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Adams v Lindsell [1818] 1 B & Ald. 681

By Oxbridge Law TeamUpdated 13/09/2023 14:37

Judgement for the case Adams v Lindsell

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Contract Law Notes

Contract Law

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  • Mere delivery of an acceptance letter to the postal office, when such a communication is properly addressed to the party involved, constitutes acceptance.
  • The defendants are considered to be continuously making the same offer to the plaintiffs while their letter is in transit, and the contract is finalised upon the plaintiffs' acceptance.
  • As for the delay in notifying the acceptance, this is due to the defendants' mistake, and therefore, it must be assumed against them that the plaintiffs' response was received in due course through the post.
  • This case is pivotal in contract law as it introduced the concept of the "postal rule," which governs the timing of acceptance in contract formation through postal communication.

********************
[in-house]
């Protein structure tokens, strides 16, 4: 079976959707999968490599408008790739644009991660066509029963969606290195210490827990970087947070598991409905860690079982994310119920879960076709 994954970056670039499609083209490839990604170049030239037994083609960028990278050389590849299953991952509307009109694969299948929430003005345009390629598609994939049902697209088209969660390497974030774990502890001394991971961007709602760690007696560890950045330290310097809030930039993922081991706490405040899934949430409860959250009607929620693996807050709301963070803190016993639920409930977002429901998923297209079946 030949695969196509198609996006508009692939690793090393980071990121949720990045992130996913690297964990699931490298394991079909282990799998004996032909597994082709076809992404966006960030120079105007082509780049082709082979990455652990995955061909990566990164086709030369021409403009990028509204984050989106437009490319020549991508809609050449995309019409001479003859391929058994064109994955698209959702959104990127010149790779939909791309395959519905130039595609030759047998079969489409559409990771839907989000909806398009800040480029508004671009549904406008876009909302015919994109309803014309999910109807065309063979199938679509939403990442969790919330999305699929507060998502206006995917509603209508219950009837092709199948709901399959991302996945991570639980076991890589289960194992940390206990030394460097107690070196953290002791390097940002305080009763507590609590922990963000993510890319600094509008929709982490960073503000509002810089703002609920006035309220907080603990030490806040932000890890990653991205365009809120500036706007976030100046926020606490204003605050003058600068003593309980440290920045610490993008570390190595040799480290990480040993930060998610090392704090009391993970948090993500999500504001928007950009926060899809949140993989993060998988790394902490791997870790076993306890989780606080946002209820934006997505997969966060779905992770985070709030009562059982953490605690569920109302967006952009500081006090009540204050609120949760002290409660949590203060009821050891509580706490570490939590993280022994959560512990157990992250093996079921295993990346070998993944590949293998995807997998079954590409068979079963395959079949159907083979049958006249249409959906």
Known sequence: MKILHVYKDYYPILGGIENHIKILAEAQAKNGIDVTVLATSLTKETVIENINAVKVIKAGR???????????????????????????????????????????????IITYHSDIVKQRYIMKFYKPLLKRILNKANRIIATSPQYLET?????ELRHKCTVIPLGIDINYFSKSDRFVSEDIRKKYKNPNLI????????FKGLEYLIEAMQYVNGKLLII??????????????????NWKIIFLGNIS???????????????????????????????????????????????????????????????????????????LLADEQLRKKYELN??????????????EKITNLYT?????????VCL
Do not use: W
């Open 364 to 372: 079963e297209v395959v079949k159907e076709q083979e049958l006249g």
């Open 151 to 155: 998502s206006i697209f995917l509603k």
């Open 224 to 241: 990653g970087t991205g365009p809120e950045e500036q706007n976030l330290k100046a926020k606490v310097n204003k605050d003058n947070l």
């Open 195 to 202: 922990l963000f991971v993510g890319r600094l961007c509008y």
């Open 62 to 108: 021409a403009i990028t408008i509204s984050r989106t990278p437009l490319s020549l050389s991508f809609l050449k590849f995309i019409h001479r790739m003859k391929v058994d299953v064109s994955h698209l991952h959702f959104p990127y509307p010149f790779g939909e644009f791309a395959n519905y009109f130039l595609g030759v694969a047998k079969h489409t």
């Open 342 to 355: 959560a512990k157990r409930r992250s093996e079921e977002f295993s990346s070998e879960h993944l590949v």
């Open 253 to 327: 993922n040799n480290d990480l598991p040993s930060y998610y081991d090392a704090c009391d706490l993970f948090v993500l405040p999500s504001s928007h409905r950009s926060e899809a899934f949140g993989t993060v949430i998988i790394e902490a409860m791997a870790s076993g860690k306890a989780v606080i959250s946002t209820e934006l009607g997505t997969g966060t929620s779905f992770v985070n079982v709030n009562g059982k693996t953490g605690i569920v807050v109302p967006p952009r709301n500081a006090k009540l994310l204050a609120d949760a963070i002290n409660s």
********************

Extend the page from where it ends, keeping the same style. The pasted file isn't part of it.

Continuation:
• The defendants, wool dealers in St. Ives, Huntingdon, sent a letter on September 2, 1817, to the plaintiffs, woollen manufacturers in Bromsgrove, Worcestershire, offering them 800 tods of whether fleeces at 35s. 6d. per tod.
  • However, the letter was mistakenly sent to Bromsgrove, Leicestershire, and reached the plaintiffs in Worcestershire on the evening of September 5th. That same evening, the plaintiffs responded, accepting the offer. Due to the post route passing through London, the defendants received the plaintiffs' acceptance only on September 9th.
  • Meanwhile, on September 8th, expecting a response on September 7th as per the regular post schedule, the defendants sold the mentioned wool to someone else, given they hadn't received a reply.


  • The court ruled in favour of the plaintiffs; a contract was already existing at the time the letter was received by the post office.


  • The case's principle has endured through legal history, shaping the way contracts are formed and highlighting the significance of postal communication in contract acceptance. It's a foundational case that continues to be cited and referenced in contract law discussions and serves as a crucial precedent for understanding the timing of acceptance in contract formation through postal communication.
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